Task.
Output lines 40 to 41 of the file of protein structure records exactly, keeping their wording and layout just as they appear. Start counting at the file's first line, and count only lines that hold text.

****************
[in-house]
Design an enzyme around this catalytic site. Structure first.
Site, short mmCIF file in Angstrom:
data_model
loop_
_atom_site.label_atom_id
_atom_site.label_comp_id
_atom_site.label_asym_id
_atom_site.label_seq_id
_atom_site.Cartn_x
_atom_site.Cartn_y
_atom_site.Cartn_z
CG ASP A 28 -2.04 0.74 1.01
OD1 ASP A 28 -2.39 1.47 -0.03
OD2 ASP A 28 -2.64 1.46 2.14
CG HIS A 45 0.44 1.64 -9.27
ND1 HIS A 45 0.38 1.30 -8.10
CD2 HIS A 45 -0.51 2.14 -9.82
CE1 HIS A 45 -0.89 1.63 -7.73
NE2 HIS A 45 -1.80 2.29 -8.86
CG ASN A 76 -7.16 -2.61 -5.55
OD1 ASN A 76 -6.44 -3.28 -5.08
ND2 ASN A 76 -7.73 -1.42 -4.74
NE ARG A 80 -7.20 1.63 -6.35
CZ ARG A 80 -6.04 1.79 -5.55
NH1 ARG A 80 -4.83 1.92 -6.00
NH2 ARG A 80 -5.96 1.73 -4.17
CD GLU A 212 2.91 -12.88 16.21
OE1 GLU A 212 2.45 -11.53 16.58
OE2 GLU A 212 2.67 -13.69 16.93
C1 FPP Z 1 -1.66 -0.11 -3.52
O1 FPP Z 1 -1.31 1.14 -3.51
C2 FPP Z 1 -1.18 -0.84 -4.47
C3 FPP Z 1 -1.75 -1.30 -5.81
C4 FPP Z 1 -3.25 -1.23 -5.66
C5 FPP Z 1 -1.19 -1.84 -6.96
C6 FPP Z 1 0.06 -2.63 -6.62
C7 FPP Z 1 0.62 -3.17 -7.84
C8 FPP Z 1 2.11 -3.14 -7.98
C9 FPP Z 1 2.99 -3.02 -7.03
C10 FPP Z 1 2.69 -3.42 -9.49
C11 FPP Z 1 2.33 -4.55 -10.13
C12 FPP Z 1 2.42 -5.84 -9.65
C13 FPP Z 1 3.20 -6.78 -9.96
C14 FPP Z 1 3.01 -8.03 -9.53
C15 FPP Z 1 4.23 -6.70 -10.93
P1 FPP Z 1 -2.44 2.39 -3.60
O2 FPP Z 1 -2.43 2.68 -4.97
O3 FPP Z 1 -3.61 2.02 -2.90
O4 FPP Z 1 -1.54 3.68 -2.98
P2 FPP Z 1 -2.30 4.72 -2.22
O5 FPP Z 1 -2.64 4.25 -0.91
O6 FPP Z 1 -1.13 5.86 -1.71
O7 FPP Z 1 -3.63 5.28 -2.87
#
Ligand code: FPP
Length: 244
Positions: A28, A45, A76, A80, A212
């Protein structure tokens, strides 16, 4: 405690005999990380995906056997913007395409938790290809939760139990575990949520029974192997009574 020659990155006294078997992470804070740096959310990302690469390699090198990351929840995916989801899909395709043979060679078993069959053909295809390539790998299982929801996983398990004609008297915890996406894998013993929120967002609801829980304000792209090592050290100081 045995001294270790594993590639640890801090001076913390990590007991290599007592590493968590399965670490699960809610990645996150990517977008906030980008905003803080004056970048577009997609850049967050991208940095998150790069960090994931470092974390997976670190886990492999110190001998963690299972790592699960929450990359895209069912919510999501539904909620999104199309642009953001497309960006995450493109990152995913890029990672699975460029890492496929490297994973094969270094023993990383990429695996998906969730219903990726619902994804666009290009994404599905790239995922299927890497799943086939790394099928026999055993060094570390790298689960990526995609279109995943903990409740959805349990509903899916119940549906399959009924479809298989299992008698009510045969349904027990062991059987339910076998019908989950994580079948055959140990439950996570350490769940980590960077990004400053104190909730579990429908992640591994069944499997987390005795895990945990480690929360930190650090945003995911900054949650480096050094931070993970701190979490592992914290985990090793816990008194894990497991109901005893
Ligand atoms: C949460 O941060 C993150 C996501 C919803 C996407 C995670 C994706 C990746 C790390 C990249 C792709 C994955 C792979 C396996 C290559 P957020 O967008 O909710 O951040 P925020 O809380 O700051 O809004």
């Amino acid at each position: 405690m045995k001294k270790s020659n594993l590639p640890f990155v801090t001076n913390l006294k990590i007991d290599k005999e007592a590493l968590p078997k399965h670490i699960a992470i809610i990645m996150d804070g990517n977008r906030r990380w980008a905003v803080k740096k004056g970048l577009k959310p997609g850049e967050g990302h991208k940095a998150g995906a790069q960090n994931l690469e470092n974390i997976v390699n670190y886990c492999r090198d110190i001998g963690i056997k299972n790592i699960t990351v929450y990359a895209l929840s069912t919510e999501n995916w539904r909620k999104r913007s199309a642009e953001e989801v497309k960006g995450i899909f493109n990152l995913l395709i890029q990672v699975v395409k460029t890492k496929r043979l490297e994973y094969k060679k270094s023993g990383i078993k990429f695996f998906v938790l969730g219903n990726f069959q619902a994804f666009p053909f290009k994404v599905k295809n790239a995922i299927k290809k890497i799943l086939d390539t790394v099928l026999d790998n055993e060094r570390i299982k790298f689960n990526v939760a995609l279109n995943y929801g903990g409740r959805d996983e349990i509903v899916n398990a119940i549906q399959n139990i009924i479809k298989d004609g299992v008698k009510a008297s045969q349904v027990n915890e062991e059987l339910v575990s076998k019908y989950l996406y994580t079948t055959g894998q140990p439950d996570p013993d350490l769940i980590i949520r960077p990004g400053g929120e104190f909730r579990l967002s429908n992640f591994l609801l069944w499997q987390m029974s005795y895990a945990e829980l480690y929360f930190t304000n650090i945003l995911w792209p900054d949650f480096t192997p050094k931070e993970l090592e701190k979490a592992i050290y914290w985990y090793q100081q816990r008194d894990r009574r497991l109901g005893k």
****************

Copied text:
C9 FPP Z 1 2.99 -3.02 -7.03
C10 FPP Z 1 2.69 -3.42 -9.49